Higher education was already facing an environment of rising costs and increased competition when COVID-19 struck, leaving higher-ed leaders across the country grappling with distance learning, empty buildings, and worried students, parents, and staff.
How are presidents juggling traditional responsibilities plus managing new concerns thrust on them by the uncertain landscape? Read on to learn what they’re focused on – and how some forward-thinking leaders are leveraging the power of data analytics to ensure viability for their institutions.
1) Improving Success Without Increasing Costs
Improving student success rates ranks among the top priorities for college and university presidents. But, in an atmosphere where “fewer than one-half of … presidents are confident their business models are sustainable” – even before COVID – forward-looking and creative measures are essential¹.
Institutions “need to develop a curriculum for the future that incorporates new technologies like VR, AI, and advanced robotics,” says David Steele-Figueredo, president of Woodbury University in Burbank, California, “and we need to use these new technologies to further improve student retention and graduation rates.”² Forced to quickly transform to remote learning, institutions are now assessing how the new technologies and methodologies can help improve success rates while continuing to curb costs. This will allow them to turn hasty, reactive distance-learning approaches into proactive and, likely, hybrid long-term strategies.
2) Leveraging Data to Focus Initiatives
Presidents view retention and graduation rates as their two most important metrics, increasingly investing in data analytics to improve these outcomes – and COVID will likely increase this trend.³ Middle Tennessee State University (MTSU) is a case in point.
In 2010, “[A] 3,000-student freshman class at MTSU could expect to lose 900 students the first year,” says President Sidney A. McPhee.⁴ Leveraging predictive analytics to understand the problem, MTSU launched a program to identify at-risk students then match them with student advisors for counseling. Full-time freshman retention jumped almost 8% in four years, and other classes saw similar increases. With the pandemic, the ability to capture data and quickly apply it to the changing landscape has become even more critical for presidents to focus efforts – and resources – in the right places.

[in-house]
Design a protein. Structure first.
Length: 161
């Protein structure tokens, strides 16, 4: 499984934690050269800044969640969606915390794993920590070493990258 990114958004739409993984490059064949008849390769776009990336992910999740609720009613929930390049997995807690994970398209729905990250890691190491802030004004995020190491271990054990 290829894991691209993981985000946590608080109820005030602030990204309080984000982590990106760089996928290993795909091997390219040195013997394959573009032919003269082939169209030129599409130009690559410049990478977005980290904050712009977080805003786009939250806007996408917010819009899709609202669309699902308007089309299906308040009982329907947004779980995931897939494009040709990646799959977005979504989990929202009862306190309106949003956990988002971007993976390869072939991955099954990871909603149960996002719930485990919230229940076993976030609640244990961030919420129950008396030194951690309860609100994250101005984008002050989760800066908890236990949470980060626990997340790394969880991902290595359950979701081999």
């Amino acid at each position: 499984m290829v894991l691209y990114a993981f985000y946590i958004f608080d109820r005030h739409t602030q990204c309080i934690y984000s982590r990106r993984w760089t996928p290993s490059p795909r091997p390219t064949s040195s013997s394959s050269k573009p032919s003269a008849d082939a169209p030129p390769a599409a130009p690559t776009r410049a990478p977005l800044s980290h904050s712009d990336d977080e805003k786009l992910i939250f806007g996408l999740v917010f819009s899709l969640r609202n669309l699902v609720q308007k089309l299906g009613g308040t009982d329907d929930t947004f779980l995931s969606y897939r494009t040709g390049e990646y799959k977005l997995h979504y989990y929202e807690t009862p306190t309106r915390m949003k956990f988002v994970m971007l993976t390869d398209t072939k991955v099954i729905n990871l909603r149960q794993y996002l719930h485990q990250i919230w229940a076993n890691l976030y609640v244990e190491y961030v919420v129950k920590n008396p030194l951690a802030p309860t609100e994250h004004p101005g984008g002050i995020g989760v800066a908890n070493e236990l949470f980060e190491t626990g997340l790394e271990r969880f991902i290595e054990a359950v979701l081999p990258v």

3) Considering Long-term Financial Sustainability
Enrollment slowdowns, mergers, and closures were already top concerns, and COVID-19 has made institutional financial sustainability a primary worry. In fact, according to Inside Higher Ed’s April 2020 Survey of College and University Presidents, “overall financial stability” and “decline in overall future student enrollment” ranked as two of the top three concerns.⁵
Here, too, data analytics can help. The University of Maryland Global Campus (UMGC) turned to data analytics to resolve enrollment fluctuations. Several years ago, UMGC found itself generating plenty of prospective student leads – but failing to convert. After building a data model, UMGC discovered that while marketing efforts were strong, call centers were “overused and underresourced.” Investing in call center capabilities, the university realized a 20% increase in enrollments within a single year.⁶
4) Promoting Equity and Inclusion
“Youthful minorities are the engine of future growth,” according to the Brookings Institution. With the U.S. projected to be a minority white nation by 2045, there is urgency among college presidents to better address the needs of underrepresented minorities (URM).⁷ Tellingly, COVID-19’s inequitable impact on URM students topped presidents’ current long-term concerns.⁸
At San Diego State University, the disparity in graduation rates between URM students and their peers stirred President Stephen Weber to proclaim: “A great university doesn’t lose almost two-thirds of its Latino freshmen along the road toward graduation.”⁹
Weber motivated the university to leverage data to better grasp student challenges, and leaders learned that URM students were more likely to succeed when they stayed on campus. The university began offering incentives to facilitate on-campus living, and replicated on-campus features for commuters.¹⁰ The efforts worked, with a 40% jump in graduation rates for Latino students over 15 years, and increased enrollment for URM students and Pell Grant recipients.¹¹
Data Shines a Spotlight on Problem Areas
COVID-19 sharply altered the already-complex higher-ed ecosystem, and presidents are balancing competing constraints to make myriad decisions every day. This is precisely where data can help – by narrowing broader problems into focused areas, action items, and decision points which, in turn, lead to better outcomes for institutions. During the pandemic, staying on top of unique data points as they develop, and conducting real-time analysis of the information, is more important than ever to chart the course ahead.
 https://edtrust.org/wp-content/uploads/2014/09/HigherEdPG2_UsingDatatoImproveStudentOutcomes.pdf; https://newscenter.sdsu.edu/sdsu_newscenter/news_story.aspx?sid=76889